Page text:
But I only paid X for that building, why is the insurance company requiring me to carry Y in replacement coverage? This is a common complaint from insureds and prospects and the answer lies in the concept of co-insurance.
Co-insurance, generally, is the sharing of risk between the policyholder and the insurance company. In most cases, co-insurance clauses are included in property insurance policies to ensure that the policyholder has a financial stake in the insured property.
The purpose of co-insurance is to encourage, some would say require, policyholders to insure their property for at or near its full value. If a property is insured for less than its actual value, the policyholder may be subject to a co-insurance penalty in the event of a loss. This penalty is typically calculated as a percentage of the claim that the policyholder is responsible for paying out of pocket.
For example, suppose a property is insured for $500,000, but its actual value is $1,000,000. If the policy has an 80% co-insurance clause, the policyholder is required to insure the property for at least 80% of its value, or $800,000. If a loss occurs, and the policyholder has only insured the property for $500,000, the policyholder is underinsured by 37.5% ($500,000 / $1,000,000) and will be subject to a co-insurance penalty. If the loss is $100,000, the policyholder would be responsible for $37,500 (37.5% of the claim) out of pocket.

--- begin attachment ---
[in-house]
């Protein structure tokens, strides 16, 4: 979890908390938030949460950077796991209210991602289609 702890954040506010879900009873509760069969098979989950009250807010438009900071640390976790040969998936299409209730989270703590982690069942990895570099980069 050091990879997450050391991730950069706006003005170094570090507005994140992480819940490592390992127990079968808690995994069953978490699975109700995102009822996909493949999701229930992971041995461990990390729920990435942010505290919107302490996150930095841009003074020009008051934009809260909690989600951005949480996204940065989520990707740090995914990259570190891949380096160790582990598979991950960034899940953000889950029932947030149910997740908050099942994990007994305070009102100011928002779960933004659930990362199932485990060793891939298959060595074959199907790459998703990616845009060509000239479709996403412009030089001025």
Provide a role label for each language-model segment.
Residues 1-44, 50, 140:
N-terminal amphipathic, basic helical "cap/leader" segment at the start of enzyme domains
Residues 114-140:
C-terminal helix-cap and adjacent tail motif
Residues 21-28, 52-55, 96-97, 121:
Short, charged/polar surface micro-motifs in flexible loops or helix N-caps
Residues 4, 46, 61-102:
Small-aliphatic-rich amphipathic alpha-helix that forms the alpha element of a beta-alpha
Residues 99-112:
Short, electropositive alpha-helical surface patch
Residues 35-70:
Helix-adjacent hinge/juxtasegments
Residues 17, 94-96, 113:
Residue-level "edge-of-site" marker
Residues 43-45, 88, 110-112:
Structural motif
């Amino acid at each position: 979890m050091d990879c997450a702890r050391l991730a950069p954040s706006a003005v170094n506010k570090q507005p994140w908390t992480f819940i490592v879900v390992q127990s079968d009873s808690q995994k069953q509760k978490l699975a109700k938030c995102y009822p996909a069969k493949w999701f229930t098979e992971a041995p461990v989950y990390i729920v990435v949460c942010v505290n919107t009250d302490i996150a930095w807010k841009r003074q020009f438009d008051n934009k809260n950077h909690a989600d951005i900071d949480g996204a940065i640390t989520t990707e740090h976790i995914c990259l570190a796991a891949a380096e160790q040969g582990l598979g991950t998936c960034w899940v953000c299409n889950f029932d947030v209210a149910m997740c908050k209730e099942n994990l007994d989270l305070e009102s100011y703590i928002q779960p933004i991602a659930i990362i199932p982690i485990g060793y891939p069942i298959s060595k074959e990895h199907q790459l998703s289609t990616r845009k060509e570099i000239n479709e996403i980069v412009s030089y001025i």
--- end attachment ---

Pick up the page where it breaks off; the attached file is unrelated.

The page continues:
Co-insurance clauses can be tricky to navigate, but there are a few key things to keep in mind when purchasing property insurance. First, it is important to ensure that you have adequate coverage for your property. This means that you should insure your property for its full value, considering any renovations or improvements that have been made. Underinsuring your property can lead to significant out-of-pocket expenses in the event of a loss.
Second, it is important to read your insurance policy carefully to understand the co-insurance clause. Make sure that you understand the percentage of co-insurance and how it is calculated. It is also a good idea to speak with your insurance agent or broker to clarify any questions you may have about co-insurance.
Finally, it is important to stay up to date with the value of your property. If the value of your property changes significantly, it may be necessary to adjust your insurance coverage to ensure that you are fully protected in the event of a loss.
In conclusion, co-insurance is an important concept in the property insurance space that policyholders should be aware of. While co-insurance clauses can be confusing, they are designed to ensure that policyholders have a financial stake in their insured property. To avoid co-insurance penalties and ensure that you are fully protected, it is important to insure your property for its full value, read your insurance policy carefully, and stay up to date with the value of your property. By following these simple steps, you can help ensure that you are fully protected in the event of a loss.